Infrastructure audit highlights lack of reliable and user focused information

One of the challenges highlighted in the 2019 Australian Infrastructure Audit is that reporting on infrastructure does not adequately reflect community experiences or consistently measure performance against outcomes that matter to users, Infrastructure Australia CEO Romilly Madew AO, told a CEDA audience in Perth.

“Infrastructure must respond to local needs and planning for the future will require different approaches for different regions,” she said.

“Across most sectors and dates there is a lack of reliable and user focused information. 

“For example, there is a lack of water quality data for water utilities with under 10,000 connections. Much third-party real-time transport data is excluded from government apps. And unreliable and outdated household expenditure data is still the basis for policy decisions. 

“This makes tracking progress against user-focused outcomes difficult.”

Ms Madew said the 2019 Australian Infrastructure Audit is the second audit Infrastructure Australia has undertaken, and it does a cross-sectoral view of transport, telecommunications, energy, water and social infrastructure.

“What’s unique about this audit is it has taken a community-centred approach, so we looked at cost, access and quality,” she said.

“All Australians share a common need for high quality infrastructure that is accessible and affordable but beyond these high-level outcomes these needs differ greatly between people, places and industries.”

Ms Madew said it is important to develop the nation’s capacity and capability to deliver on the nation’s project pipelines. 

“By global standards Australia’s infrastructure industry capacity and capability is relatively strong and the efficiency of the sector is high,” she said. 

“We rank higher than average for developed countries across a range of measures of infrastructure, governance, planning and delivery. 

“However, the audit has found that the infrastructure sector is characterised by a patchwork of capacity constraints and outdated regulation and policy.

“We highlight where infrastructure planning and decision-making fall short; and consistent best practice including community engagement, regulation and governance.”

Speaking to the CEDA WA audience, Ms Madew said Perth’s population is expected to increase from two million people in 2017 to 3.5 million by 2050.

“Most of this growth interestingly here will be focused on the urban fringe. With significant growth in Wanneroo and Mandurah, as well as urban infill developments and growth in the CBD and Cockburn,” she said.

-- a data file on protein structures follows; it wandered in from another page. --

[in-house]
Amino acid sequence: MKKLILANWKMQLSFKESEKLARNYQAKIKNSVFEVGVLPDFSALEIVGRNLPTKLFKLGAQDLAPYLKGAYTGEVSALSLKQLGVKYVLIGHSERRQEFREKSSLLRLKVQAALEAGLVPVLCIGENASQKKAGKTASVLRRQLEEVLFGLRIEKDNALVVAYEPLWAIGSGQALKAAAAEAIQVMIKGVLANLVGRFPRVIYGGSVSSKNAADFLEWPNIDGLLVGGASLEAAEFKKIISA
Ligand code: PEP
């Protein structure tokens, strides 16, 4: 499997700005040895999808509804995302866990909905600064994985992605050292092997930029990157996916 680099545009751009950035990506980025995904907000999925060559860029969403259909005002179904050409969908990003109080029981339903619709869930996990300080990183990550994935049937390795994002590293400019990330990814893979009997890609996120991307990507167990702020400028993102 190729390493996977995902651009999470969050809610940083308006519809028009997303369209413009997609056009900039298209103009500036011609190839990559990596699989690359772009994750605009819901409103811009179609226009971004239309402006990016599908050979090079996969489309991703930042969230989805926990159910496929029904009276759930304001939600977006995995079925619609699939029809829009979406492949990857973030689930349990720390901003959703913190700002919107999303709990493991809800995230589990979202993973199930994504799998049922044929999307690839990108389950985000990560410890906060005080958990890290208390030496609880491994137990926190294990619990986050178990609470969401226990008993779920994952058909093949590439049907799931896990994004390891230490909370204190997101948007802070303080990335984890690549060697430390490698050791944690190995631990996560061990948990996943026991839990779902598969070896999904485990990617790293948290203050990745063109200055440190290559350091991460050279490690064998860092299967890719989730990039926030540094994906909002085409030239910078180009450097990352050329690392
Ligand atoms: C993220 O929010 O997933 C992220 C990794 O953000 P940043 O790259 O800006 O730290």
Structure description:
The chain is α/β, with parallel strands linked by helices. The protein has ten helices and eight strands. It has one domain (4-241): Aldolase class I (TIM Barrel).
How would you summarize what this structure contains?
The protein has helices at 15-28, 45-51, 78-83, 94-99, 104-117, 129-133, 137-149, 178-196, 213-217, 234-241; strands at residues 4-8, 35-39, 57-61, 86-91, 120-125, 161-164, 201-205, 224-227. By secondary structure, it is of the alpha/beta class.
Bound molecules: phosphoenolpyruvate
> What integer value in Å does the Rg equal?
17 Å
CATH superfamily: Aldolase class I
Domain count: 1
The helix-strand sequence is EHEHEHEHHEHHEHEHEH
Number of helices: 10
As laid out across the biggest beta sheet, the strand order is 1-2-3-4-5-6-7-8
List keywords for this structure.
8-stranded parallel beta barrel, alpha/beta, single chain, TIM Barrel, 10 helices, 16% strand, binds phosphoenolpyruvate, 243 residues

“If you consider other capital cities, they are really having urbanisation, 70 per cent of their urbanisation in their CBDs whereas Perth’s is on the fringe. 

“Demands for transport in Perth is predicted to increase roughly in line with population growth. 

“Over the next decade the number of trips on Perth’s transport network is forecast to increase by more than 30 per cent to more than seven million daily trips. 

“Trips by public transport are expected to grow by more than 40 per cent, a faster rate than by car, continuing a shift towards public transport seen in the city over the last few years. 

“This mode shift is a positive development, but as with all jurisdictions, congestion on Perth roads will be a key challenge as the city grows.” 

Ms Madew said the establishment of Infrastructure WA presents an unparallel opportunity to improve infrastructure planning and decision making across the state, “and ensure the West continues to reap the benefits of strategic and quality infrastructure”.

Infrastructure WA Chair Designate, John Langoulant AO, said the new Infrastructure WA isn’t seeking to create another bureaucracy, but instead is seeking to improve the quality of coordinated information on the infrastructure program in WA. 

“The Infrastructure WA Act specifies a wide range of functions for us. If you read through the Act there are actually 12 individual functions, including allowing the Premier to refer to us for advice on any matter relating to advice on infrastructure,” he said. 

Mr Langoulant said the first priority for Infrastructure WA is the development of a 20-year plan.

“In compiling this strategy, we are to identify and recommend significant projects and programs that will need to be undertaken in that 20-year timeframe,” he said.  

“We are to look at the need for new infrastructure, as much as we are required to look at how we can get more out of existing infrastructure and how policy and regulatory reform can help in meeting future infrastructure needs in a smarter and more efficient way.”

Mr Langoulant said the 20-year plan will cover all state agencies and any infrastructure proposal that impacts the state’s debt. 

“Phase two will see us look at major infrastructure proposals and to monitor progress with the implementation of the strategy, and the Act requires us to review the 20-year plan every five years,” he said. 

“The development of an infrastructure strategy is going to provide many benefits including for industry in providing a greater awareness of the pipeline of projects that are being planned. 

“While there are examples of good strategic planning being undertaken by agencies across our public sector, I think it is recognised there is scope for improvement in both the quality and completeness of those plans across the whole sector.”

Event presentations

Romilly Madew AO, Infrastructure Australia MP3

John Langoulant AO, Infrastructure WA MP3

Moderated discussion MP3